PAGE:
New Orleans Travel Guide
About New Orleans
Sitting pretty at the mouth of the Mississippi River, New Orleans is one of America’s most astonishing cultural melting pots. It’s a little bit French, a little bit Spanish-Creole, a little bit Caribbean and a whole lot New Orleans – there’s nowhere quite like it, even in the American South.
Tucked between the Mississippi and Lake Pontchartrain, New Orleans sprawls across low-lying swampland, with the floodwaters held at bay by enormous levees, which broke with devastating consequences in 2005 as Hurricane Katrina surged ashore.
The good news is that many neighbourhoods have burst back to life, and little evidence of the disaster remains in the areas most frequented by tourists - though deprivation and crime still blight live in some quarters of the city (most notably the Ninth Ward).
Known as the Crescent City for the curving shape of the Mississippi as it snakes through town, New Orleans is truly cosmopolitan. Settlers from as far afield as France, Spain, Africa and the Caribbean washed up here during New Orleans’ heyday as the principal port of the American South.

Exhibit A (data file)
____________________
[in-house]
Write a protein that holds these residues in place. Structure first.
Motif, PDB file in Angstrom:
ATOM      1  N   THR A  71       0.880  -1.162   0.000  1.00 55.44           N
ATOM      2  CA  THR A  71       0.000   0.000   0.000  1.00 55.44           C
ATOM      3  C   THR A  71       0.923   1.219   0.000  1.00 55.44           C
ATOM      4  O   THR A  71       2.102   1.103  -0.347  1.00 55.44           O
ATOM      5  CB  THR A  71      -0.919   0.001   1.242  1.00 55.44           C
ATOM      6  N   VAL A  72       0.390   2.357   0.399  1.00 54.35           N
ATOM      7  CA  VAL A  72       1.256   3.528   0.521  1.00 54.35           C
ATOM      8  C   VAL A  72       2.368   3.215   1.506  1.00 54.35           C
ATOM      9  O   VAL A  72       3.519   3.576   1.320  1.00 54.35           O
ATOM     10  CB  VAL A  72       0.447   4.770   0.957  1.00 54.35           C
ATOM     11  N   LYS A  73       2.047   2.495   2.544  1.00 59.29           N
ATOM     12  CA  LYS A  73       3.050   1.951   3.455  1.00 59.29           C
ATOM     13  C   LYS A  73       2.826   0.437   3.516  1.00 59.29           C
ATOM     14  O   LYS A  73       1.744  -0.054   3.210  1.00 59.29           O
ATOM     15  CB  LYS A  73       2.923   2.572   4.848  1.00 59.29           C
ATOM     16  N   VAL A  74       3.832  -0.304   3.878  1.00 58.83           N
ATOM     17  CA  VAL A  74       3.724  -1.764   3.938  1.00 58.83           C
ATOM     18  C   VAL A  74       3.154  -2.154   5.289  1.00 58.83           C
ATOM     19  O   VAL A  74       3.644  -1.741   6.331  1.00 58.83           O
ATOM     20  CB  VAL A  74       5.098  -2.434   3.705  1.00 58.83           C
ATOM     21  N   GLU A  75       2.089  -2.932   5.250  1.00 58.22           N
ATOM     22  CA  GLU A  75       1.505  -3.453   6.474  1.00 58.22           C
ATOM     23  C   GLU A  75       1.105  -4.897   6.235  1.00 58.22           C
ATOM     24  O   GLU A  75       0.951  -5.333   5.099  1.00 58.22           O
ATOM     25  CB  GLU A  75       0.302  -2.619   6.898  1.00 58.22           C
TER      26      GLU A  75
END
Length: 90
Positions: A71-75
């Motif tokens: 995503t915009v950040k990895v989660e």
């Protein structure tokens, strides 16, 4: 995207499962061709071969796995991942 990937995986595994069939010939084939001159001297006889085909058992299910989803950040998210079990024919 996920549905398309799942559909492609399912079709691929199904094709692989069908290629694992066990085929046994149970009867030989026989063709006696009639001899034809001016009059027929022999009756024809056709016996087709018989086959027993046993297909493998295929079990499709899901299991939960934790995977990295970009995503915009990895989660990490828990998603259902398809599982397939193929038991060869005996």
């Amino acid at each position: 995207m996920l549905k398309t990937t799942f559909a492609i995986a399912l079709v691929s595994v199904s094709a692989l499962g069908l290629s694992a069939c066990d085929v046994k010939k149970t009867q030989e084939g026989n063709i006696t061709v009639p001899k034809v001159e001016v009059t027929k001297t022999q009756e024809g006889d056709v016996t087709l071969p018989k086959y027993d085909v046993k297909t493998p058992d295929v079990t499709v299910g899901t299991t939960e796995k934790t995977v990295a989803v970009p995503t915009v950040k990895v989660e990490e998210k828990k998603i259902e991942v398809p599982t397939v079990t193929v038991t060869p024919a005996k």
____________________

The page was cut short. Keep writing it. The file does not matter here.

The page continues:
Each group lent something to the mixing pot. The French left their language, and the Spanish their flamboyant architecture. Africa donated the rhythms that morphed into jazz and the blues. The Caribbean left a love of celebration and a touch of voodoo magic, while Cajun Americans pulled all these influences together to create one of America’s most eclectic cuisines.
The attractions of New Orleans are the same as they have always been – riding rattling streetcars and the Algiers ferry, snapping your fingers to hot jazz in colonial cafes, seeking out occult relics in ancient cemeteries, or just admiring the stately architecture in the French Quarter, Bywater, Faubourg Marigny and Tremé.
Then of course there’s the greatest-show-on-earth that is Mardi Gras, held in late February or early March. If you miss it, don’t panic; there are few weeks in the year when there isn’t some festival or other filling the streets with crowds and music. As the locals say: “Laissez les bons temps rouler!” (“Let the good times roll!”).
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